Could you share a studio apartment with someone? In New York City, studio living is the norm for a lot of locals. One-room apartments are more affordable than one-bedrooms, so some New Yorkers are content to live in a single room. My friend Scott has lived in a 300-square foot studio for about 15 years. His apartment is one of the chicest small spaces I’ve seen.
As a single girl, I lived in studio apartments long before my New York life. I LOVED living in one room, believe it or not. I loved everything at my fingertips. I loved that I didn’t waste time walking up stairs or from room to room. And when I did need to go to the kitchen, it was five steps away from my bedroom.
My first studio was a second-floor walkup in a townhouse on tiny Mount Vernon Street in the Art Museum area of Philadelphia. It had a huge bay window and was large enough for a full-size bed and nightstand, loveseat, two small club chairs, and a drafting board (I was in school for interior design at the time.) The kitchen wasn’t exactly a chef’s dream, but it had a 20-inch range, a tiny sink, a freestanding cabinet with a microwave, refrigerator, and enough space for a table for two.
My studio apartment had the original Victorian bathroom in the house, so it was huge with a window that allowed plenty of light. Size or amenities didn’t matter. What mattered was that it was mine for $400 per month. I lived there for over two years.
My second studio apartment was in a historic district in Reading, PA, also the town in which I was born and raised. I returned to Reading for a short time post-interior design school. Funny thing – my apartment in the Centre Park Historic District was also a second-floor walkup with a large bay window! And in that one room, I managed to fit the same full-size bed and nightstand, loveseat, club chairs, drawing board, and added a dresser. And still, I had enough floor space to twirl around!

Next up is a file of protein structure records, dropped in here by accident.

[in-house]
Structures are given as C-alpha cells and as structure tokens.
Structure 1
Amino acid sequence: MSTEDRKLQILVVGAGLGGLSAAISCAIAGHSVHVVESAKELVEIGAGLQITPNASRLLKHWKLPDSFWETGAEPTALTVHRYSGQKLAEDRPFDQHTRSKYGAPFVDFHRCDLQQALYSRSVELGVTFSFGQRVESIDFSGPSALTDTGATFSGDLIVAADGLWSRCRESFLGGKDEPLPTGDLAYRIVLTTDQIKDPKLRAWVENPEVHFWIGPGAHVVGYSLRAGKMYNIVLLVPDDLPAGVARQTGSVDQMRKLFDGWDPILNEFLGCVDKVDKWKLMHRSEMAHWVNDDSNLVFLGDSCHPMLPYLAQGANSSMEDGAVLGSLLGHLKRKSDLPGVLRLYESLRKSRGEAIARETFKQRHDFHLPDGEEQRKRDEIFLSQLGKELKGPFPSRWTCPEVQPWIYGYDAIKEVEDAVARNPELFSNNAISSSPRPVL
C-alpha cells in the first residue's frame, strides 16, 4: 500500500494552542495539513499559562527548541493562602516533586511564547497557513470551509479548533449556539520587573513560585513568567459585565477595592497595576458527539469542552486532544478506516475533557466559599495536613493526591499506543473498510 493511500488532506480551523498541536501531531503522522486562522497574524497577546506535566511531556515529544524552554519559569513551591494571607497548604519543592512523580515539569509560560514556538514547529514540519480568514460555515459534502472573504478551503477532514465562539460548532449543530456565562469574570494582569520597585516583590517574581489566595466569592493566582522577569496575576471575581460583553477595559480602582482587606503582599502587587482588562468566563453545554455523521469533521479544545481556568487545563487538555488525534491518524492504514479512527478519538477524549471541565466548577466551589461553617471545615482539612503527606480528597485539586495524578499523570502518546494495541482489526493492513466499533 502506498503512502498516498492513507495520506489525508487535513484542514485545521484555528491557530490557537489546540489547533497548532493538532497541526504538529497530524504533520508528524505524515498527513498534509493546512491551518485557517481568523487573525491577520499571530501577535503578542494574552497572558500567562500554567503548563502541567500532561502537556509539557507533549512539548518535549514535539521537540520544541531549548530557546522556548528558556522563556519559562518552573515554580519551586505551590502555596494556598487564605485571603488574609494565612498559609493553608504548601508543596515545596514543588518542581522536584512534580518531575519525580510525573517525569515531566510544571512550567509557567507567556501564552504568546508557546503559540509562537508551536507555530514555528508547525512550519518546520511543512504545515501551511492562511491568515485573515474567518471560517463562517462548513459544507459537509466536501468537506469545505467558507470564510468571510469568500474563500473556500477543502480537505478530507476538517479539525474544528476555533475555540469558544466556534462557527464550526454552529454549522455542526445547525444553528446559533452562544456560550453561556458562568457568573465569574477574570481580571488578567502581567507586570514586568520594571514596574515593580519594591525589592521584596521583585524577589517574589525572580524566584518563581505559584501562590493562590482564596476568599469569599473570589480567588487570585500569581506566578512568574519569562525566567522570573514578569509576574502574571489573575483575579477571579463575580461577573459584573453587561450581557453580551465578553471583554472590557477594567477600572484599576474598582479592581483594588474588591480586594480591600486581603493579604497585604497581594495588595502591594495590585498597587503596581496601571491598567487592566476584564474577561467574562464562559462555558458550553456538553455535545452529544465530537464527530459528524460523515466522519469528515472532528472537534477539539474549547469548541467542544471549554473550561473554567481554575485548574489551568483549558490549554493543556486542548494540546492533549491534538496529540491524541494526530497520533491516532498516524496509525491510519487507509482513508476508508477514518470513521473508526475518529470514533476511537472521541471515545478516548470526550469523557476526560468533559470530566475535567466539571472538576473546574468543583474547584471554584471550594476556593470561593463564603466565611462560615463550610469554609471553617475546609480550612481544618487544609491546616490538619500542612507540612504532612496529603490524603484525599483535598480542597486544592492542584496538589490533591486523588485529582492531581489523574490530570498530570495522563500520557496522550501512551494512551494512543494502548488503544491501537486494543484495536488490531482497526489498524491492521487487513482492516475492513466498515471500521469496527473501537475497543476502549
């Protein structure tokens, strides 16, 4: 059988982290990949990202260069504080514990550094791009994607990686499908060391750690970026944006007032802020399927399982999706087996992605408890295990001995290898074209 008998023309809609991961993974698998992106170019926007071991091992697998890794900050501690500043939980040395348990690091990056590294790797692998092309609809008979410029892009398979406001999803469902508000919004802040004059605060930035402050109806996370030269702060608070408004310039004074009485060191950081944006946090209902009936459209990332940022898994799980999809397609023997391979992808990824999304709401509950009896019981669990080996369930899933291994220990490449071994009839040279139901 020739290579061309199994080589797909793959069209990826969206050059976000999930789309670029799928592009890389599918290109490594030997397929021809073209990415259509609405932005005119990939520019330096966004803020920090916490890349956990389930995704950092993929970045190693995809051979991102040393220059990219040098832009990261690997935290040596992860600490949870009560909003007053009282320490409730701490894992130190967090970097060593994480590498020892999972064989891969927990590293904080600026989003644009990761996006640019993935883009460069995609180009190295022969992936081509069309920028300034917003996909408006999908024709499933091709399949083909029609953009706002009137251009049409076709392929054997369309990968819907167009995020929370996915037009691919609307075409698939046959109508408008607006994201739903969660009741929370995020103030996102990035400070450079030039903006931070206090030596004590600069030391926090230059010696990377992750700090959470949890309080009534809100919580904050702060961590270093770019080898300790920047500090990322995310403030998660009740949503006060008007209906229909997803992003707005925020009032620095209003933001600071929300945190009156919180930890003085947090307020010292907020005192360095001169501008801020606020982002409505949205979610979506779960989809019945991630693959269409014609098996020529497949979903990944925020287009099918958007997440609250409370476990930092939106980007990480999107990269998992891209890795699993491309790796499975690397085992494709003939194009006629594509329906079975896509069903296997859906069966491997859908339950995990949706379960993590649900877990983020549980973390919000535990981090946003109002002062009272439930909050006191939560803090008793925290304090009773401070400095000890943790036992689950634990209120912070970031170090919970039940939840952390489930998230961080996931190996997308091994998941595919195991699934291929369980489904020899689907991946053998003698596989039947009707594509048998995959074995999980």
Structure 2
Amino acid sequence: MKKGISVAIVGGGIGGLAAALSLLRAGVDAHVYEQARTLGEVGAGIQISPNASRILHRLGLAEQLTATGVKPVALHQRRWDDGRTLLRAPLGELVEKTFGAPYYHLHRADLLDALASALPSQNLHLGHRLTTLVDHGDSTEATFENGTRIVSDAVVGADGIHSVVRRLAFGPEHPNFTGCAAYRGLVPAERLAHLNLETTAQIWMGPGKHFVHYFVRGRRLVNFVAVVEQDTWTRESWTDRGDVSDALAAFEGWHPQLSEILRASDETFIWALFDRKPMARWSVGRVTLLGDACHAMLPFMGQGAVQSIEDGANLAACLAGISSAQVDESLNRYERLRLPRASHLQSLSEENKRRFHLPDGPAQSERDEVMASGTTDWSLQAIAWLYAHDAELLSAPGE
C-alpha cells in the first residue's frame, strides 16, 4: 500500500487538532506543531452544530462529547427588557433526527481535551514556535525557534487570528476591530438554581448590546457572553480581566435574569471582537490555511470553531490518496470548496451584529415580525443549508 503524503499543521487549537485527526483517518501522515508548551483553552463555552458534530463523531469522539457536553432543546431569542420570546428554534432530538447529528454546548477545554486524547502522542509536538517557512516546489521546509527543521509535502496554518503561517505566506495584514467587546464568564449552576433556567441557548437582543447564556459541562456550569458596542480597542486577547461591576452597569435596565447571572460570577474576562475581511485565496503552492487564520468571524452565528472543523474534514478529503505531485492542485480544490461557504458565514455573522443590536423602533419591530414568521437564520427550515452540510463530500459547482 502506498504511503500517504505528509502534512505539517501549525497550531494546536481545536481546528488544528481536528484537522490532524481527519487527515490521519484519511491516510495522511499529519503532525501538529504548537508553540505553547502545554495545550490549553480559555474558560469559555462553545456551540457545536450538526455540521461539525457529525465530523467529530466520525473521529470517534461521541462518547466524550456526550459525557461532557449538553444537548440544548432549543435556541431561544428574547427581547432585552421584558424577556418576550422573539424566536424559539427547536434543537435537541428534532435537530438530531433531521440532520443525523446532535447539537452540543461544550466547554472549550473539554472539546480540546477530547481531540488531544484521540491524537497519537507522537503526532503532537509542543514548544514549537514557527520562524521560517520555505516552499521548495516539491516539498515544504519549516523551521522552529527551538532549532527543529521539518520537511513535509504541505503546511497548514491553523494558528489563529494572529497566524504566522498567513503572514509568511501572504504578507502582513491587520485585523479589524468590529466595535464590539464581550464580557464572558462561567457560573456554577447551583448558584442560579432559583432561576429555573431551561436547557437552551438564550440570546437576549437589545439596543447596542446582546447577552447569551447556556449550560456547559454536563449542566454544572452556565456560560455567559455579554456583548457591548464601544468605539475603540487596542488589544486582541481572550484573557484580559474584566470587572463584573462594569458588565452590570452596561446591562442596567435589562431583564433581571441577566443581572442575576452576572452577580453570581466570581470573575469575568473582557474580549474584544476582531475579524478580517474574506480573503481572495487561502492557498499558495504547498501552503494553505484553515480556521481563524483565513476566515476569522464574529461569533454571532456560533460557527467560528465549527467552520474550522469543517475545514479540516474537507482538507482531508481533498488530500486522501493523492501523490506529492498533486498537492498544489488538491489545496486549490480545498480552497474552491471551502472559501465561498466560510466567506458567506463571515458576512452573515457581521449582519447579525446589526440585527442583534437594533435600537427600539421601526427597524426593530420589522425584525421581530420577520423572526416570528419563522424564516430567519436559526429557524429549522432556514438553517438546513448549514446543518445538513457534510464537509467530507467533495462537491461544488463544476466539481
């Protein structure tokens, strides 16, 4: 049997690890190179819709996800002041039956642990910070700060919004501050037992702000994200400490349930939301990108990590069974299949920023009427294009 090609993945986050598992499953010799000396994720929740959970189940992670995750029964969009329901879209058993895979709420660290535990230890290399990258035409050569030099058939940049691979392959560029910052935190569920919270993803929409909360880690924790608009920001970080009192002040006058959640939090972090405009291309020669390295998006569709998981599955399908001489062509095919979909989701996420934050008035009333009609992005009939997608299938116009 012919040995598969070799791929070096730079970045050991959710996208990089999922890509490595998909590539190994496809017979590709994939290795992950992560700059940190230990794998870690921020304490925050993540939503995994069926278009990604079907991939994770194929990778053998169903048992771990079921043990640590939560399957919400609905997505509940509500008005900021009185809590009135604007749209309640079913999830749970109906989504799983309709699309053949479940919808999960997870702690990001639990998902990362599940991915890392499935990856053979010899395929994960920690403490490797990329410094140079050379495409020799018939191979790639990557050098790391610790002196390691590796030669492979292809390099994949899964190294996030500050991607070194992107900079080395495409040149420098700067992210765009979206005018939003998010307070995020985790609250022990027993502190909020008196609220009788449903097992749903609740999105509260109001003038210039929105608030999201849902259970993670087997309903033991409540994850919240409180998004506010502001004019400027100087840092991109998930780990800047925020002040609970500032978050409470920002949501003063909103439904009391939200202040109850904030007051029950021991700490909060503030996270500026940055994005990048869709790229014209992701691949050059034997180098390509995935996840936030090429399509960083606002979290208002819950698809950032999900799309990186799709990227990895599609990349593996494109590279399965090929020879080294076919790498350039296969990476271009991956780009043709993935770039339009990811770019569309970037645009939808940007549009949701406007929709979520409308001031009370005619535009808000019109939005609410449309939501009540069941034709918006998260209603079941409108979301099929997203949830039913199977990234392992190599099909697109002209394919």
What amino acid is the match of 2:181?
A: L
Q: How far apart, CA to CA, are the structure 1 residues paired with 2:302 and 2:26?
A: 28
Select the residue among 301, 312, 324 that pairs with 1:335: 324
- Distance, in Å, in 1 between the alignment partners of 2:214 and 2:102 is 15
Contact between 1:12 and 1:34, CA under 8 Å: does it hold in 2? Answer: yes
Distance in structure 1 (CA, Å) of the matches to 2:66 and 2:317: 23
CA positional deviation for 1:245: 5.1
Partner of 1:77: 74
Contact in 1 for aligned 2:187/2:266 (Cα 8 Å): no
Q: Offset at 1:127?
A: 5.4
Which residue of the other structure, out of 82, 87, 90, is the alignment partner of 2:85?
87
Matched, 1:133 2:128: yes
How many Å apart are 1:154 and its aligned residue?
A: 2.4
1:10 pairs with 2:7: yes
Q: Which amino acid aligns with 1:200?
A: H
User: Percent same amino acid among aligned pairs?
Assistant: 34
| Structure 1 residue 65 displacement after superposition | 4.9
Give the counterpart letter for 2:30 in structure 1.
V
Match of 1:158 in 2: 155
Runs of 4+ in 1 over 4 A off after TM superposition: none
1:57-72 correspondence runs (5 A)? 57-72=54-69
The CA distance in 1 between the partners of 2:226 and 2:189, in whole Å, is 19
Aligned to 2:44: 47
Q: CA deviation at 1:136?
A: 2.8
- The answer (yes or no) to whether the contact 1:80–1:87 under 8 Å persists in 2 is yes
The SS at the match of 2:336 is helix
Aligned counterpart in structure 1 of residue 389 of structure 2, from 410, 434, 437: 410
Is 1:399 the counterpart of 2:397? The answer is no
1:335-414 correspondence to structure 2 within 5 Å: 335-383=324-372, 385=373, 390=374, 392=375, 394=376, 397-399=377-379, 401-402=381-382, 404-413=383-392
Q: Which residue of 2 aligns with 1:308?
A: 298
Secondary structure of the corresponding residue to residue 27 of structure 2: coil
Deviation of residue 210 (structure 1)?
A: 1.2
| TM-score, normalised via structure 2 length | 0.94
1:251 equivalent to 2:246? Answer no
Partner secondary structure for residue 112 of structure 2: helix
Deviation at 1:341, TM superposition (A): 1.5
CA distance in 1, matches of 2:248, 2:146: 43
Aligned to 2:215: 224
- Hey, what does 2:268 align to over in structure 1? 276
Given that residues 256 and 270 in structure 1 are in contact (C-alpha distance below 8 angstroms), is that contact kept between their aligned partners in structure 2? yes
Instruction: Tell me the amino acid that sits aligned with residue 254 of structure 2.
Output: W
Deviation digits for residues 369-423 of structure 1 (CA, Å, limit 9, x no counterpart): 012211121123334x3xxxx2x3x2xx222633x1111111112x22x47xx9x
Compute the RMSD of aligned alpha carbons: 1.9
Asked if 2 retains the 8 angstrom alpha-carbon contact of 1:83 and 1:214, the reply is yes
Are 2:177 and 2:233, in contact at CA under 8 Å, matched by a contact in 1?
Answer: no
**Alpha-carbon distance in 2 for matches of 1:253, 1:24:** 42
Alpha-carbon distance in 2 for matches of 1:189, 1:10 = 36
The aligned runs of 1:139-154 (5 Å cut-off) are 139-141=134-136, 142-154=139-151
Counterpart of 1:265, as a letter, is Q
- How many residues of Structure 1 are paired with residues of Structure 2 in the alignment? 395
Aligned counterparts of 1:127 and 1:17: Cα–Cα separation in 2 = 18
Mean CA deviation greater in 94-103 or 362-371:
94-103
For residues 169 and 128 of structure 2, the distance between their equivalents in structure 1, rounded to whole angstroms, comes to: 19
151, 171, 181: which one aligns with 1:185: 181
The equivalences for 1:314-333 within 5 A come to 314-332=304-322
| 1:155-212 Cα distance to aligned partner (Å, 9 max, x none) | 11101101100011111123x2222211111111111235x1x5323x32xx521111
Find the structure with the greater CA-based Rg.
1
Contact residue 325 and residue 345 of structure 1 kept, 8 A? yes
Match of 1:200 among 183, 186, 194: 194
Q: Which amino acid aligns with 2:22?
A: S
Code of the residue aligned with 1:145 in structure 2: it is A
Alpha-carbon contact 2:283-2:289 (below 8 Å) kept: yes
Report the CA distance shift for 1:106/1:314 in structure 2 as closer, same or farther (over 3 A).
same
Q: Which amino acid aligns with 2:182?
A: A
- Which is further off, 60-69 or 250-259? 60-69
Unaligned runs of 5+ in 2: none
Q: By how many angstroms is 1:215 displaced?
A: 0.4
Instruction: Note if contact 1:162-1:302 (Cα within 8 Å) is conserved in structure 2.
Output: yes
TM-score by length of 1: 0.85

The ceiling tiles in studio two were hideous, so I draped yards of sheer fabric to hide the ceiling. It took me a long time to cover it because I used a hammer and nails. I painted the floors too.
The kitchen was huge but didn’t offer much more than my Philly kitchen as far as appliances and counter space. I placed the same table for two in the center of the room, but I could’ve easily moved it aside and had a dance floor in the kitchen. I lived in that apartment from January through October, so not very long. I paid a mere $280 per month. After which, I decided to relocate to Atlanta where I upgraded to a one-bedroom apartment for $600 per month. That was luxury!
I never felt deprived living in one room, but I lived in my studio apartments alone, and not with a roommate. To be honest, I couldn’t have lived in these apartments with anyone. Not my best friend, not a boyfriend, and not my husband. When living with someone, a second room makes all the difference in your sanity. I can vouch, because Mike and I have shared a two-room apartment for almost eight years (with a Chocolate Labrador Retriever and cat, no less.)
Unbelievably, some New Yorkers do share one-room flats, like this couple who share a studio apartment in the East Village. They’ve managed to do so for years. And plenty of couples (some even with a child!) live in tiny spaces, as do complete strangers. They don’t mind living with less, and lower rent leaves more cash for exploring our great city.
Do you love New York enough to share a one-room apartment with a friend or significant other? It is possible! But I recommend reading these recommendations first. Head on over to my latest article on the Cubesmart City Blog for nine tips on how to share a studio apartment in NYC.
This article is part of a partnership with CubeSmart, a self-storage and logistics company with locations in the NYC area.
Mt. Vernon Street photo by Alexis Jordan Lewis via Flickr.